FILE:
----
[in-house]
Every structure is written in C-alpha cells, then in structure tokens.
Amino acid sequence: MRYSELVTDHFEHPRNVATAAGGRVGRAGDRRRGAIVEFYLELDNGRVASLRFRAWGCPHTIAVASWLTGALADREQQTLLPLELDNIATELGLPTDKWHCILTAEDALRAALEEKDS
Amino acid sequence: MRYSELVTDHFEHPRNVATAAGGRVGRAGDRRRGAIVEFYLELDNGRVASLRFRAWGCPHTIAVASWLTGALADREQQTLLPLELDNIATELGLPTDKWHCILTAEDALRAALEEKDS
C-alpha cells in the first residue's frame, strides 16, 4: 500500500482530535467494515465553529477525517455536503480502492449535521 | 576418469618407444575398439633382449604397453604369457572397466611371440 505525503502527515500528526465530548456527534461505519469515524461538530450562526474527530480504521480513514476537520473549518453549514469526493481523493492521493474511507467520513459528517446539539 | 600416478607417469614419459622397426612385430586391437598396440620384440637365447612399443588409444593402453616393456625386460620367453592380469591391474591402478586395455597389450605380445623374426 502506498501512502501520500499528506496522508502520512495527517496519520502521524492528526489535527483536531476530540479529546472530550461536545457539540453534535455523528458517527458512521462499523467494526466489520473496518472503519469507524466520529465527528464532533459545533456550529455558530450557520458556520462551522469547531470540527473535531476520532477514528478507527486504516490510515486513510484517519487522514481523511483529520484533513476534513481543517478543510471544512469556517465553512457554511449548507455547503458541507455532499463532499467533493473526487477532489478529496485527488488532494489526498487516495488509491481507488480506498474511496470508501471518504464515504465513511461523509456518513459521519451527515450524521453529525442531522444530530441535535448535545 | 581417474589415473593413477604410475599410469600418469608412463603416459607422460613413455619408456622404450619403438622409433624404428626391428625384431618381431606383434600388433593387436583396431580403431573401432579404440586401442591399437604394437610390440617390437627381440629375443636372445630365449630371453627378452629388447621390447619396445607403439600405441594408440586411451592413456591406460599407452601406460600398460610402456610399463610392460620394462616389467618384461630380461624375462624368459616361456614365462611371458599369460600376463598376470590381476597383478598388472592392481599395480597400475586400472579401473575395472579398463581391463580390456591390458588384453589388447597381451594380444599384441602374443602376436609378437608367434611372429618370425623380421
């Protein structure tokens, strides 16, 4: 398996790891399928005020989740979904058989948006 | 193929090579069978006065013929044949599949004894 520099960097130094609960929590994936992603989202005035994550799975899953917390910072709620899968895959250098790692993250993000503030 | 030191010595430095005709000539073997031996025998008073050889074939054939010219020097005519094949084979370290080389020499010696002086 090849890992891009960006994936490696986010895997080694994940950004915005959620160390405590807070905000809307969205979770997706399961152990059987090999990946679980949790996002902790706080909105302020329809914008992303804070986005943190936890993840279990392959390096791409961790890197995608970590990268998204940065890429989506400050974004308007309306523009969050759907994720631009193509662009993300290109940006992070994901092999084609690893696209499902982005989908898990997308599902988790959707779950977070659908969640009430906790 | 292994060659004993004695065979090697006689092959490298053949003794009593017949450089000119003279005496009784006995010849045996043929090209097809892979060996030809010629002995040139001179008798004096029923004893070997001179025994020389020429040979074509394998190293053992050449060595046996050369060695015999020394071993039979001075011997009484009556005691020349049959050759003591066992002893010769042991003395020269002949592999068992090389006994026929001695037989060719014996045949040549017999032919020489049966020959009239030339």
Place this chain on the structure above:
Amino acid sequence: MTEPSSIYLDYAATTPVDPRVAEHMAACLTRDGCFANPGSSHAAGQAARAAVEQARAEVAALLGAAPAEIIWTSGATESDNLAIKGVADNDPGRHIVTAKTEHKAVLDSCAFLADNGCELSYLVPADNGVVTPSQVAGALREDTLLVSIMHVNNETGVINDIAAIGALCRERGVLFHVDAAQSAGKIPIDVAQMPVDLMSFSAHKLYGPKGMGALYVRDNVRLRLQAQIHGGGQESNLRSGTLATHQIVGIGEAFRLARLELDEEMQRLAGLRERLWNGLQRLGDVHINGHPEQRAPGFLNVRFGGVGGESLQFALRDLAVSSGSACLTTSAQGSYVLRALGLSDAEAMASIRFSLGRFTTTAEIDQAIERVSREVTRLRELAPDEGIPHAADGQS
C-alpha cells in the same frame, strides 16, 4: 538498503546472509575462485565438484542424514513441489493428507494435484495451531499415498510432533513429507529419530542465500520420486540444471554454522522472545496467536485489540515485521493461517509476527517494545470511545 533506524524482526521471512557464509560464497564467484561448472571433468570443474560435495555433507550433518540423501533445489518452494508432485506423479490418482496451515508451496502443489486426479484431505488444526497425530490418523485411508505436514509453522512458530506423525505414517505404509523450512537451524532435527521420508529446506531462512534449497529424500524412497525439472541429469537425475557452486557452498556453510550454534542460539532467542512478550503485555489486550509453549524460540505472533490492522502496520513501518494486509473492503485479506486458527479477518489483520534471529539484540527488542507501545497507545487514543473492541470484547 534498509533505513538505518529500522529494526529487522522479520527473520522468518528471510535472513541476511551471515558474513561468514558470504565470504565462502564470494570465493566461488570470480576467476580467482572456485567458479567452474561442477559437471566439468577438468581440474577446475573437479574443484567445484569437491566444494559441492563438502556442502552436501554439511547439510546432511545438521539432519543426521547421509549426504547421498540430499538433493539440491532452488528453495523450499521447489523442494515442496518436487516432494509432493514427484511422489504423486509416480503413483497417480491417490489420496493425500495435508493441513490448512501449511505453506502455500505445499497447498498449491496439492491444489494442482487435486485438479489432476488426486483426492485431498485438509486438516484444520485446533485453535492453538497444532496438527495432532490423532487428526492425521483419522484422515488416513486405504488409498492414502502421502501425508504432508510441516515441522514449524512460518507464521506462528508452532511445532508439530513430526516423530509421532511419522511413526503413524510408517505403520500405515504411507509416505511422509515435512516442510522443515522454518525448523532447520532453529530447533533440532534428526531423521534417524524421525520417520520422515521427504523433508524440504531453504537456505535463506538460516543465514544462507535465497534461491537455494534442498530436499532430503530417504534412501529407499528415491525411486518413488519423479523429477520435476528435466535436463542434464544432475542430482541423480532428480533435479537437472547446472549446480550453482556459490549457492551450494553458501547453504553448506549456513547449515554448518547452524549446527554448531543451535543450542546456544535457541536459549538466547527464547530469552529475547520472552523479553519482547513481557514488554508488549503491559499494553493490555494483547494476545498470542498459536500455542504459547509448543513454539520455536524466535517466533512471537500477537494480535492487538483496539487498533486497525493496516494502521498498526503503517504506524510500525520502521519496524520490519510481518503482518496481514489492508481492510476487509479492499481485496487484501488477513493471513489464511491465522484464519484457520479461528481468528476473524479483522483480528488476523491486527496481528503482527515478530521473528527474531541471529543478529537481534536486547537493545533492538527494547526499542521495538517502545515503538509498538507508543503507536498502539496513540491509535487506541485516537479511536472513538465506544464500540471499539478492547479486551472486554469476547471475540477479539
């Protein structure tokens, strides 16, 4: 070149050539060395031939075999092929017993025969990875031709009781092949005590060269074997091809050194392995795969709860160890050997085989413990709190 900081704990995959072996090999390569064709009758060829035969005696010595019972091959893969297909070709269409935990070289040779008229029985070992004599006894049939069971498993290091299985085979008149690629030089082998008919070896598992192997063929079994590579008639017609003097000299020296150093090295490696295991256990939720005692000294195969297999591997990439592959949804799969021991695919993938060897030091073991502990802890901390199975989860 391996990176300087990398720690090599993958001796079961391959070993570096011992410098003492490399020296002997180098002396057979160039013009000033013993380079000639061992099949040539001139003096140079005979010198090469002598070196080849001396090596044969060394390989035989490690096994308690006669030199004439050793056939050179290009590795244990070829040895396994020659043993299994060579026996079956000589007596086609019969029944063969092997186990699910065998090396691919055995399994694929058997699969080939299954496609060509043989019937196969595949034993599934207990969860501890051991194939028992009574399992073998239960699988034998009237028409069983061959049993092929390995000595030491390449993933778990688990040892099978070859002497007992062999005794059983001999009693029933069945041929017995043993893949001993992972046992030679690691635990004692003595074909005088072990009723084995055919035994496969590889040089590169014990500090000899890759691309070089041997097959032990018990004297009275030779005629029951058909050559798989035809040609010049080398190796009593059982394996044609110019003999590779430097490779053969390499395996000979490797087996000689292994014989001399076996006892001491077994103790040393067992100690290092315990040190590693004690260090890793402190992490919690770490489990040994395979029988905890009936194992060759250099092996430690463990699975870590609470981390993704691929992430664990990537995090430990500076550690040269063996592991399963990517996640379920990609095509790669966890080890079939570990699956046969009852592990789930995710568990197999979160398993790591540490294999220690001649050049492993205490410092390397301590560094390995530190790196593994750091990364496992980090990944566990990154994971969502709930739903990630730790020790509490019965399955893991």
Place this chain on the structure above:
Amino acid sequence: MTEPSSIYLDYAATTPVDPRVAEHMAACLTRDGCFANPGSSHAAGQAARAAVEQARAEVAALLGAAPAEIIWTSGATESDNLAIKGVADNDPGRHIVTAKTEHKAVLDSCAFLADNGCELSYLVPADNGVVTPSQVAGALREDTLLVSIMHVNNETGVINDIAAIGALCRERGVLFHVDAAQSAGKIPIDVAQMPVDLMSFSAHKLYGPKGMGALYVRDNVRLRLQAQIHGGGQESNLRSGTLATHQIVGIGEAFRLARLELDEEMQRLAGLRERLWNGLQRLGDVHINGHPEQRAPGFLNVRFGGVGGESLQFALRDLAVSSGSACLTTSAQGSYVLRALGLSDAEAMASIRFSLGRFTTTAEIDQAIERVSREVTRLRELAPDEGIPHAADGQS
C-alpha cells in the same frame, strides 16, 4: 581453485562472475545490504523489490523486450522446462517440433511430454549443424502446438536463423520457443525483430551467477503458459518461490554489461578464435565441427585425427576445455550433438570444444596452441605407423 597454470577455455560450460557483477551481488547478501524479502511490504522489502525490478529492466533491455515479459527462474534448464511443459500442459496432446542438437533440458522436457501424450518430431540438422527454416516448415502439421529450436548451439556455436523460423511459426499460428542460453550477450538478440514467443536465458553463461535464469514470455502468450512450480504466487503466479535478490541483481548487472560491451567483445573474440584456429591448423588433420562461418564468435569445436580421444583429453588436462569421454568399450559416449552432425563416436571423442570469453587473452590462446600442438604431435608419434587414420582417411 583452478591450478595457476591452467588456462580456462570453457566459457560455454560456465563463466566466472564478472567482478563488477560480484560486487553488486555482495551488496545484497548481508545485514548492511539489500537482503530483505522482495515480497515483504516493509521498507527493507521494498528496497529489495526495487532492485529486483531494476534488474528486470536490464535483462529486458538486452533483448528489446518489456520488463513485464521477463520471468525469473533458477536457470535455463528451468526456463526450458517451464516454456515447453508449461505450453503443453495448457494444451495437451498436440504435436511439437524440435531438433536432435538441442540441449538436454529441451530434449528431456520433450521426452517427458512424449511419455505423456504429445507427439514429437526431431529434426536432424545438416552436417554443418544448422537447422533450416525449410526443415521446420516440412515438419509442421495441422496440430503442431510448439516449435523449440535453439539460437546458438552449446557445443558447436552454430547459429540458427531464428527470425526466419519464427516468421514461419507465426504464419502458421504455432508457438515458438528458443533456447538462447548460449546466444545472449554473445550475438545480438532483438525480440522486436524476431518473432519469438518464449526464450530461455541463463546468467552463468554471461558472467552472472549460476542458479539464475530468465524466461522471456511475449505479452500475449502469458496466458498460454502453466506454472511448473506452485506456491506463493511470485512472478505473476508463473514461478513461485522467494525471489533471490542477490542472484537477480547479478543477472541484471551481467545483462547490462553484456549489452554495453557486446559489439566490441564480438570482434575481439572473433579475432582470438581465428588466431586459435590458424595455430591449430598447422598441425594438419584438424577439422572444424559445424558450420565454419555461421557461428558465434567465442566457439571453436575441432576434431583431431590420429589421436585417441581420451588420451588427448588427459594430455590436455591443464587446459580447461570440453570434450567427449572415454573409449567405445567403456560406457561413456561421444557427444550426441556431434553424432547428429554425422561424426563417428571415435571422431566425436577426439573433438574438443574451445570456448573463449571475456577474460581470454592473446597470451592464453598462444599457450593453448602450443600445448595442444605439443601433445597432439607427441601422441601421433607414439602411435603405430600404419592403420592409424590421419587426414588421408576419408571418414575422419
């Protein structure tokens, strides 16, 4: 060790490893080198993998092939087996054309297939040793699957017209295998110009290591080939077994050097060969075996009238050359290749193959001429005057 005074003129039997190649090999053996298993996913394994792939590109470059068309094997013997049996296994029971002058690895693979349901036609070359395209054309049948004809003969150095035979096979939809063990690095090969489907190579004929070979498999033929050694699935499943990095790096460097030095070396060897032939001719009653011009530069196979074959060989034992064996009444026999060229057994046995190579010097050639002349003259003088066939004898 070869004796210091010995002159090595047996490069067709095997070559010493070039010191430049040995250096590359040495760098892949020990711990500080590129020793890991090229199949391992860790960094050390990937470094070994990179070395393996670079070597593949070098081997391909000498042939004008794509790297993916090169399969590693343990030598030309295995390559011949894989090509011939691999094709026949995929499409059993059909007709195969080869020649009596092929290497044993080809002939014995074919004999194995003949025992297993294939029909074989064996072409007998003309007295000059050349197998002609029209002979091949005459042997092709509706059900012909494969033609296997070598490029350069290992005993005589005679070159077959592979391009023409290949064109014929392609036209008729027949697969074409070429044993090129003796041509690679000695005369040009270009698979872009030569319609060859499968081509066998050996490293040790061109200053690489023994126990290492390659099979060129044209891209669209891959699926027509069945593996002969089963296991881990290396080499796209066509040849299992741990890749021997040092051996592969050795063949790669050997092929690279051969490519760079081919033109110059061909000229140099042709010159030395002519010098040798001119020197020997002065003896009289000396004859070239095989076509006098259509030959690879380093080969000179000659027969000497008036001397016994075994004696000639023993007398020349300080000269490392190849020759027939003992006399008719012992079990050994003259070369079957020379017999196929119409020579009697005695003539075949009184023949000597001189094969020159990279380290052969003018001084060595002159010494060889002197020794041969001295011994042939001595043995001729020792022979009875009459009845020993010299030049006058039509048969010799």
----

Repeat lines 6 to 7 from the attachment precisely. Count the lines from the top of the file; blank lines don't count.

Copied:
């Protein structure tokens, strides 16, 4: 398996790891399928005020989740979904058989948006 | 193929090579069978006065013929044949599949004894 520099960097130094609960929590994936992603989202005035994550799975899953917390910072709620899968895959250098790692993250993000503030 | 030191010595430095005709000539073997031996025998008073050889074939054939010219020097005519094949084979370290080389020499010696002086 090849890992891009960006994936490696986010895997080694994940950004915005959620160390405590807070905000809307969205979770997706399961152990059987090999990946679980949790996002902790706080909105302020329809914008992303804070986005943190936890993840279990392959390096791409961790890197995608970590990268998204940065890429989506400050974004308007309306523009969050759907994720631009193509662009993300290109940006992070994901092999084609690893696209499902982005989908898990997308599902988790959707779950977070659908969640009430906790 | 292994060659004993004695065979090697006689092959490298053949003794009593017949450089000119003279005496009784006995010849045996043929090209097809892979060996030809010629002995040139001179008798004096029923004893070997001179025994020389020429040979074509394998190293053992050449060595046996050369060695015999020394071993039979001075011997009484009556005691020349049959050759003591066992002893010769042991003395020269002949592999068992090389006994026929001695037989060719014996045949040549017999032919020489049966020959009239030339």
Place this chain on the structure above: